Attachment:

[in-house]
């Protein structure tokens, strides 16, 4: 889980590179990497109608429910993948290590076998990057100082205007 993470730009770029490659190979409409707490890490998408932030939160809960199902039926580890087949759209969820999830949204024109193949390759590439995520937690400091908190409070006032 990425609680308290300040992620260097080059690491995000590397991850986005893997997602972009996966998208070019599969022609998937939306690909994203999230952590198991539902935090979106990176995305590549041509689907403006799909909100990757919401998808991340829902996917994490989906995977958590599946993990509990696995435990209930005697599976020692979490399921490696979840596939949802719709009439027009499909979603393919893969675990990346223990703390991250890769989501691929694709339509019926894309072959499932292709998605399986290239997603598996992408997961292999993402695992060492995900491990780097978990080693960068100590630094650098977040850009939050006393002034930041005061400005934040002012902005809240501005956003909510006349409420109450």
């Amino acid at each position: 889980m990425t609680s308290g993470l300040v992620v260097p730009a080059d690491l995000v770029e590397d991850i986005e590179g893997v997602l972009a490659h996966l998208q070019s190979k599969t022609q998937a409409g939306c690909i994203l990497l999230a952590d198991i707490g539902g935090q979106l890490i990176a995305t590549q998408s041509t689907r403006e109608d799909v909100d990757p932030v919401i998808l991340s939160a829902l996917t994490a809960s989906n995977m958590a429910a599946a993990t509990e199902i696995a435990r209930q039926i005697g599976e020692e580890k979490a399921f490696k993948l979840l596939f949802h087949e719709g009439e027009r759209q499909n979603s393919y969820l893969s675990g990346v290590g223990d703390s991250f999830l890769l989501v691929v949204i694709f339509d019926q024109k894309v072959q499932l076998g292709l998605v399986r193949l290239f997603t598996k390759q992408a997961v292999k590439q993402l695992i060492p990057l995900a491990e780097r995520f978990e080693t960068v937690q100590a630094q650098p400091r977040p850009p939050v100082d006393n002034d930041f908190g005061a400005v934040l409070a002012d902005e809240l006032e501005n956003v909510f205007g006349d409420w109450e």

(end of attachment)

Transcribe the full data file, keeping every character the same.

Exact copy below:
[in-house]
């Protein structure tokens, strides 16, 4: 889980590179990497109608429910993948290590076998990057100082205007 993470730009770029490659190979409409707490890490998408932030939160809960199902039926580890087949759209969820999830949204024109193949390759590439995520937690400091908190409070006032 990425609680308290300040992620260097080059690491995000590397991850986005893997997602972009996966998208070019599969022609998937939306690909994203999230952590198991539902935090979106990176995305590549041509689907403006799909909100990757919401998808991340829902996917994490989906995977958590599946993990509990696995435990209930005697599976020692979490399921490696979840596939949802719709009439027009499909979603393919893969675990990346223990703390991250890769989501691929694709339509019926894309072959499932292709998605399986290239997603598996992408997961292999993402695992060492995900491990780097978990080693960068100590630094650098977040850009939050006393002034930041005061400005934040002012902005809240501005956003909510006349409420109450």
């Amino acid at each position: 889980m990425t609680s308290g993470l300040v992620v260097p730009a080059d690491l995000v770029e590397d991850i986005e590179g893997v997602l972009a490659h996966l998208q070019s190979k599969t022609q998937a409409g939306c690909i994203l990497l999230a952590d198991i707490g539902g935090q979106l890490i990176a995305t590549q998408s041509t689907r403006e109608d799909v909100d990757p932030v919401i998808l991340s939160a829902l996917t994490a809960s989906n995977m958590a429910a599946a993990t509990e199902i696995a435990r209930q039926i005697g599976e020692e580890k979490a399921f490696k993948l979840l596939f949802h087949e719709g009439e027009r759209q499909n979603s393919y969820l893969s675990g990346v290590g223990d703390s991250f999830l890769l989501v691929v949204i694709f339509d019926q024109k894309v072959q499932l076998g292709l998605v399986r193949l290239f997603t598996k390759q992408a997961v292999k590439q993402l695992i060492p990057l995900a491990e780097r995520f978990e080693t960068v937690q100590a630094q650098p400091r977040p850009p939050v100082d006393n002034d930041f908190g005061a400005v934040l409070a002012d902005e809240l006032e501005n956003v909510f205007g006349d409420w109450e």